Some quick thinking and an innovative use of existing technology helped the Health Services Authority and Health City Cayman Islands in saving the life of a Jamaican farmer.

Clester Christie came to Grand Cayman for work but fell ill days after his arrival, and the doctors at HSA and Health City came together to diagnose and cure him of a life-threatening case of leptospirosis.

Mr. Christie, 31, was diagnosed by Dr. Nelson Iheonunekwu, an internal medicine and nephrology specialist at the HSA, and quickly referred to Health City in the East End, according to a press release.

The doctors at Health City confirmed that Mr. Christie was suffering from leptospirosis pulmonary hemorrhagic syndrome, a rare bacterial disease that forms blood clots in the lungs.

Dr. Binoy Chattuparambil, Health City’s chief cardiac surgeon and senior cardiothoracic and vascular surgeon, said Mr. Christie had arrived at the hospital in “a very critical stage.”

“I would say his oxygen level, his saturation level was in the 50s, so if he stayed like that a few more hours he would have arrested. … Within half an hour, we took him to the operating room,” the doctor said in the press release.

The Health City staff hooked the patient up to an Extracorporeal Membrane Oxygenation machine via the venovenous route to support his lungs, marking the first time they had used an ECMO for that procedure. For previous patients, ECMO had been used to support both the heart and lungs.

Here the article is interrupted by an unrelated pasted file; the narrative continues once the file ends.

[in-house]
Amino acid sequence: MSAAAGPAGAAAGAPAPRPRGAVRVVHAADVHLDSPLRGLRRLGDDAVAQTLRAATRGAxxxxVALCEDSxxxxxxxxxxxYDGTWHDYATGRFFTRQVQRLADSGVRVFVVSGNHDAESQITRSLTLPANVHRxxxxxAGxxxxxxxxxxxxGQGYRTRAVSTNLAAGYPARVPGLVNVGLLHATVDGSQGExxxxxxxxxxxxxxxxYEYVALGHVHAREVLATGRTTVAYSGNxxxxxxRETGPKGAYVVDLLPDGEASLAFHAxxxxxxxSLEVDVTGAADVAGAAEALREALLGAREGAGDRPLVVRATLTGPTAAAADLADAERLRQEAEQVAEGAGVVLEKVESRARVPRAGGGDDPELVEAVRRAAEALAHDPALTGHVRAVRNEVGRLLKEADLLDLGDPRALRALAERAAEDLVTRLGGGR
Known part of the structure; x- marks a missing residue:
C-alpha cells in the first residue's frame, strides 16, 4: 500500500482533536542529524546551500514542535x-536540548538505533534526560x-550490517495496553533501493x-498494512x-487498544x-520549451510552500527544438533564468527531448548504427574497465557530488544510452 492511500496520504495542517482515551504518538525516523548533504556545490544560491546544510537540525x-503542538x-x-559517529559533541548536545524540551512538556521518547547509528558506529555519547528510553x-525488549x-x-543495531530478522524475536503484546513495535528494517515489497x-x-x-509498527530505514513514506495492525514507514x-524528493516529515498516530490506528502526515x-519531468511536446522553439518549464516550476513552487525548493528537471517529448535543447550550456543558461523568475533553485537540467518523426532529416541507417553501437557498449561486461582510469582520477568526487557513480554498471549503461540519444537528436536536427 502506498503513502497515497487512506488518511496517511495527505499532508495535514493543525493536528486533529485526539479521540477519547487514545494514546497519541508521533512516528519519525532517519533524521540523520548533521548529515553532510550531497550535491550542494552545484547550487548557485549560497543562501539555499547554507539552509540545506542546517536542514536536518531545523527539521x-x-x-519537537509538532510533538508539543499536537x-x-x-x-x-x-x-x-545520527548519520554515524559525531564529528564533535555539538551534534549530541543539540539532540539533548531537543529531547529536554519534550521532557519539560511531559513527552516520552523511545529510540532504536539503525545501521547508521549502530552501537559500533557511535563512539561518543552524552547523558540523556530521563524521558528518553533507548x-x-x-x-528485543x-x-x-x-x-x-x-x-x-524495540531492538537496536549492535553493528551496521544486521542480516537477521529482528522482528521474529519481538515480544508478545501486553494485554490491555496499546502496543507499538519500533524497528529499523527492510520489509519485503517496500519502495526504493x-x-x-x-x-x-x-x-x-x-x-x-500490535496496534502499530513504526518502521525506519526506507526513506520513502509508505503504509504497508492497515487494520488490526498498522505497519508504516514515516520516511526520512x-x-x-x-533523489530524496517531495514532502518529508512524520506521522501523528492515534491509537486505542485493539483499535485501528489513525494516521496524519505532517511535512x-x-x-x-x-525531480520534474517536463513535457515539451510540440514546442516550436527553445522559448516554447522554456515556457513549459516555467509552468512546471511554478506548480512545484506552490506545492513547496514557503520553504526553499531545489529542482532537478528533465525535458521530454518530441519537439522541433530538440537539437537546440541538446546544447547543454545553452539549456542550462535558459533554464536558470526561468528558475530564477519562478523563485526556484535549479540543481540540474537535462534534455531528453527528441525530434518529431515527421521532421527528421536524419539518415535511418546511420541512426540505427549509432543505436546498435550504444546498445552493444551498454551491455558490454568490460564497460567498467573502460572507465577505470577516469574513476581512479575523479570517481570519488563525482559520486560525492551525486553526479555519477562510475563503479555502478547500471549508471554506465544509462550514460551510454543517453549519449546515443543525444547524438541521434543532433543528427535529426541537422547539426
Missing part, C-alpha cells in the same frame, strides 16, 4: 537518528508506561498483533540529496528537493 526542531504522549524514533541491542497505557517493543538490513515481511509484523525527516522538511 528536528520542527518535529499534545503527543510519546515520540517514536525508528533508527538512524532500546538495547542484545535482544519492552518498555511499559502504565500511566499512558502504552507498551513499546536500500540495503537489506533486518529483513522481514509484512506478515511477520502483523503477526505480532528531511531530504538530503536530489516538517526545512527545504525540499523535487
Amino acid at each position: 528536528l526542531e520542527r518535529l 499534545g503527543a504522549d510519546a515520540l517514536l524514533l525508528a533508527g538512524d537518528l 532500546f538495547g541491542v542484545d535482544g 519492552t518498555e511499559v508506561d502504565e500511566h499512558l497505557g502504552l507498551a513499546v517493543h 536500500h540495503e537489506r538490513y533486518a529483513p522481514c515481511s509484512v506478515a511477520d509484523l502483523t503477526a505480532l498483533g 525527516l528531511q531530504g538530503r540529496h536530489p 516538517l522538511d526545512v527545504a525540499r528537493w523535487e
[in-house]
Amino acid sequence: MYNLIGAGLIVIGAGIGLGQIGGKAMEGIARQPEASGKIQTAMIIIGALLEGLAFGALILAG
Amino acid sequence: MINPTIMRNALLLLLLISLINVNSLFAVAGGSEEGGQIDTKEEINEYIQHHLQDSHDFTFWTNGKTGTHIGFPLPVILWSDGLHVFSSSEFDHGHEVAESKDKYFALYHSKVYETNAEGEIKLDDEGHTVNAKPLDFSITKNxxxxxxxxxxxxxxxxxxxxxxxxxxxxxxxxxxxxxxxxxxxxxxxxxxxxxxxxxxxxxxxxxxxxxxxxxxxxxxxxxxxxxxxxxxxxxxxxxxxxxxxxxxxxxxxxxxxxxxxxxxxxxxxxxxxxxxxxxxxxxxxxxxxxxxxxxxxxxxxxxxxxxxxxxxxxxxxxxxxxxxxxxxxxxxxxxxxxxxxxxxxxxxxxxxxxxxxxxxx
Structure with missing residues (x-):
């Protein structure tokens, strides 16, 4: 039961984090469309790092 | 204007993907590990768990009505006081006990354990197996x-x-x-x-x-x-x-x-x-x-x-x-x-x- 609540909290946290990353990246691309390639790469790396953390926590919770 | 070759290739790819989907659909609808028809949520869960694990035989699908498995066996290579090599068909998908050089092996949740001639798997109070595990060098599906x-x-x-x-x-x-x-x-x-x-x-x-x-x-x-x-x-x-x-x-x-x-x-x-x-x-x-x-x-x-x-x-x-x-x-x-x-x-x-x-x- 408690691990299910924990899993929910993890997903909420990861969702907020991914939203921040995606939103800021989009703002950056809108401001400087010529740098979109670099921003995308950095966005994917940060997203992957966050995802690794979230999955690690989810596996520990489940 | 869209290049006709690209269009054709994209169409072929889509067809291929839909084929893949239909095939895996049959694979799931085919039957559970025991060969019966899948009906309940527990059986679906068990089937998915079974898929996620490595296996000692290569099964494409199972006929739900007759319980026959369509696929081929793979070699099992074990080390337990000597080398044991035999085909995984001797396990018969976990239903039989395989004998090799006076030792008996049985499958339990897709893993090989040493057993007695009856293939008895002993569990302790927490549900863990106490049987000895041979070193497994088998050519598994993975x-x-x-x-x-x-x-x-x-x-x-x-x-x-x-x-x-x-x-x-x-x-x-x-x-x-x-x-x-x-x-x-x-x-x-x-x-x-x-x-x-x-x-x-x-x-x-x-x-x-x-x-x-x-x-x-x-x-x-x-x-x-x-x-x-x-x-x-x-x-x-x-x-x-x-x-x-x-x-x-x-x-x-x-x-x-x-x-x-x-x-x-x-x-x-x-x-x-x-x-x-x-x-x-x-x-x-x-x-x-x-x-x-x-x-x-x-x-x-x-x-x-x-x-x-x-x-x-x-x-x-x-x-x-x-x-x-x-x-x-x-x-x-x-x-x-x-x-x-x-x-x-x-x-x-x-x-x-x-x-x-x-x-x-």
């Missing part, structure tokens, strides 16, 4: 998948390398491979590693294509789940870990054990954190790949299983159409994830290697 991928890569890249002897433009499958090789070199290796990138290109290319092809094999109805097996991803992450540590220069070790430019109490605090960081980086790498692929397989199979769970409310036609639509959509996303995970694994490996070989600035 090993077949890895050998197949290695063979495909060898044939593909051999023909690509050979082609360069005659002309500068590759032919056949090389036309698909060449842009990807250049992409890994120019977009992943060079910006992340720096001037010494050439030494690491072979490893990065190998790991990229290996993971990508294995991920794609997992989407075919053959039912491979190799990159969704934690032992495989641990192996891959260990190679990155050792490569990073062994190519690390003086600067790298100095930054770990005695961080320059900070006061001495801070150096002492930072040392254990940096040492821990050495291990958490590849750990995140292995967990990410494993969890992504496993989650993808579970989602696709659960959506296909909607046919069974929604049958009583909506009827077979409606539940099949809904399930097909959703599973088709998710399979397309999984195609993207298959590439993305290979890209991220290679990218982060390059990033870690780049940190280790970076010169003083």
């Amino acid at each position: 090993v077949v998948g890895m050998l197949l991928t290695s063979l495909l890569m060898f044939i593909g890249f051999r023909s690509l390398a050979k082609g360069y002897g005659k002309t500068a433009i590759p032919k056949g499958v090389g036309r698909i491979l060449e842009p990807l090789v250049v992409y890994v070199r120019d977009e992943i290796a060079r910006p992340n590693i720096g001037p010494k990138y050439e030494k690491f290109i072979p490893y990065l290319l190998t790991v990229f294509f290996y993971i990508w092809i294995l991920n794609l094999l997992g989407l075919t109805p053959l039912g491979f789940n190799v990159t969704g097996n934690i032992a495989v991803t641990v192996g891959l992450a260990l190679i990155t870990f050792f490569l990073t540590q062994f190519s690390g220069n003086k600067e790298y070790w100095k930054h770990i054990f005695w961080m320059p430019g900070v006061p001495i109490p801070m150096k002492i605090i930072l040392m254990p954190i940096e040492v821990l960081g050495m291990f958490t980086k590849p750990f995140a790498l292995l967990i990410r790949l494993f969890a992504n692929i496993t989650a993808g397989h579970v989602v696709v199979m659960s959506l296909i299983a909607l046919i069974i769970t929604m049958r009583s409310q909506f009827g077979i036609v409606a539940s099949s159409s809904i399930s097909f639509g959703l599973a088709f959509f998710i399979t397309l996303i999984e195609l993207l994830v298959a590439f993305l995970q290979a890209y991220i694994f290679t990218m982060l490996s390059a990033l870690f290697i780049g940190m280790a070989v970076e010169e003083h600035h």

Dr. Dhruva Kumar Krishnan, senior consultant in cardiac anesthesiology and intensive care, elaborated on why the ECMO support is ideal in helping the lungs recover from leptospirosis. “When the lungs [have] failed to do what [they are] supposed to do,” he said, “we can rest the lungs by bringing the blood out from the body into the [machine and wash] out the carbon dioxide, [add] more oxygen to it and [bring] it back into the heart. So, this machine [helps] the lungs start to function normally.”

The Health City staff learned that both lungs were packed with blood clots and that no blood was able to make it inside the lung. With that knowledge, the staff began performing several complicated bronchoscopies to remove multiple blood clots from the patient’s lungs.

“He had a lot of clots in his lungs so we had to clear them all … at the same time we don’t want fresh bleeding to happen,” said Dr. Krishnan of the procedure. “He slowly improved … but again he started deteriorating when we tried taking this machine off after a couple of days … we had to do repeated bronchoscopy procedures to remove the remaining clots … before he could get better.”

Dr. Mahantesh Patil, medical intensivist at Health City, said he had never seen such a severe form of leptospirosis in 15 years of clinical experience. Dr. Patil also noted that the mortality rate for patients in Mr. Christie’s condition is “extremely high. I would say as high as 70 percent. Despite all support and if you don’t have a facility to do multi-organ support, I would say he had no chance to survive.”

Mr. Christie, a father to two young children, said in the release, “If I never came here, I would have died. If I was in Jamaica, I would have died … they don’t have the same equipment like they do [at] Health City to help me.”

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